Everybody is talking about the iPhone, and who am I to resist that kind of peer-pressure?
The iPhone is stunning, and as it stands, I will not be getting one. Here’s why:
- Closed platform: The idea of spending $500 for a phone with as much potential as this but zero extensibility is a flat-out insult to would-be customers. Steve Jobs explains this by saying “we can’t have one rogue app bringing the entire West Coast network offline.” This is disingenuous or a lie. Somehow Apple trusts me not to bring down the entire Internet with one rogue app on my Mac, and the Internet is a lot dumber than
Cingularat&t’s network. I don’t know for certain what the real reason is, but here are some possible candidates: Cingularat&t doesn’t want people installing Skype and iChat, which would let customers circumvent the company’s comparatively expensive services (seriously, 10¢ for a text message?). I don’t discount this possibility entirely, but considering Apple’s successful wrangling with music companies, I’d expect Apple to negotiate that away if they wanted to.
- Steve Jobs is notoriously fond of closed boxes. Probably plays some role in the decision.
- Apple wants to be able to act as a middleman and get a cut for any software you install on your iPhone. I think there’s a decent chance that this is at the root of it, but of course, it subverts free/open-source software distribution—and some of my favorite software falls in those categories.
- Storage not upgradable: The “cheaper” model is currently spec’d with 4 GB memory. By the time the phone is actually available for sale, this may seem a bit puny, and by the end of the phone’s useful life, it will be positively laughable. The lack of a flash-card slot may be another example of closed-box thinking, but regardless of why it’s missing, it puts the owner of the awkward position of spending a hell of a lot of money on a device that should be useful for a long time, but won’t be able to take advantage of what should be an easy and cheap upgrade.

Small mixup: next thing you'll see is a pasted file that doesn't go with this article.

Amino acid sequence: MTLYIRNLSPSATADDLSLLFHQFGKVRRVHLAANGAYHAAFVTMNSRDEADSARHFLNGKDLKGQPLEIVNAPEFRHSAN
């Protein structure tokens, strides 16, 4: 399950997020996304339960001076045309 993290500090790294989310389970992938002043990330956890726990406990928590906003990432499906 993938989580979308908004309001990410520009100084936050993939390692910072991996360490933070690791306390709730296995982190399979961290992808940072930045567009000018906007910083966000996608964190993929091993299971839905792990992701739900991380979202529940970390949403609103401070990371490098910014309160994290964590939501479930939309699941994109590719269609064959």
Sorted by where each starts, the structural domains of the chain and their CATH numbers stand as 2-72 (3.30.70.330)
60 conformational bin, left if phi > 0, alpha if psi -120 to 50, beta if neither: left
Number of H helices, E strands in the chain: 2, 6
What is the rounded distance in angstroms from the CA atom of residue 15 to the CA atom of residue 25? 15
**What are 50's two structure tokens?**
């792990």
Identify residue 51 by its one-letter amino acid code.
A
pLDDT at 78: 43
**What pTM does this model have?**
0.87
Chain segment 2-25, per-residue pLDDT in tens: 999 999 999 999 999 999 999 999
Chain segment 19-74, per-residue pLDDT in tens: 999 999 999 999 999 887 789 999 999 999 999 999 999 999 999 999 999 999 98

- Lack of Flash/Java: I’ll readily admit that many uses of both Flash and Java are crap (some are brilliant though). Jobs has equivocated on Flash, but deciding to leave out either one is making a decision for customers that they should be able to make for themselves.
There are other shortcomings, of course: many people have focused on the lack of HSPDPA support. Apple’s explanation that the network for it hasn’t been built out sufficiently is of debatable merit. On the one hand, it means many people would be paying for a feature they couldn’t use. On the other, it means that when the feature would become usable, they still won’t be able to use it.
Apple is positioning this as a phone that happens to run a version of OS X. I view it as a tiny OS X computer that happens to have a cellular radio, and I view its features and lacks of features in that light. Despite all of this, it’s still an exciting development, not so much for the thing itself perhaps as because of related products we may see coming out of Apple (unlikely though it is, I’d be interested in something with a larger screen that dispensed with the cellular radio—sort of like the “sidepad” I wrote about before.) and because it should serve as a massive kick in the pants to the rest of the industry, raising the bar* in general.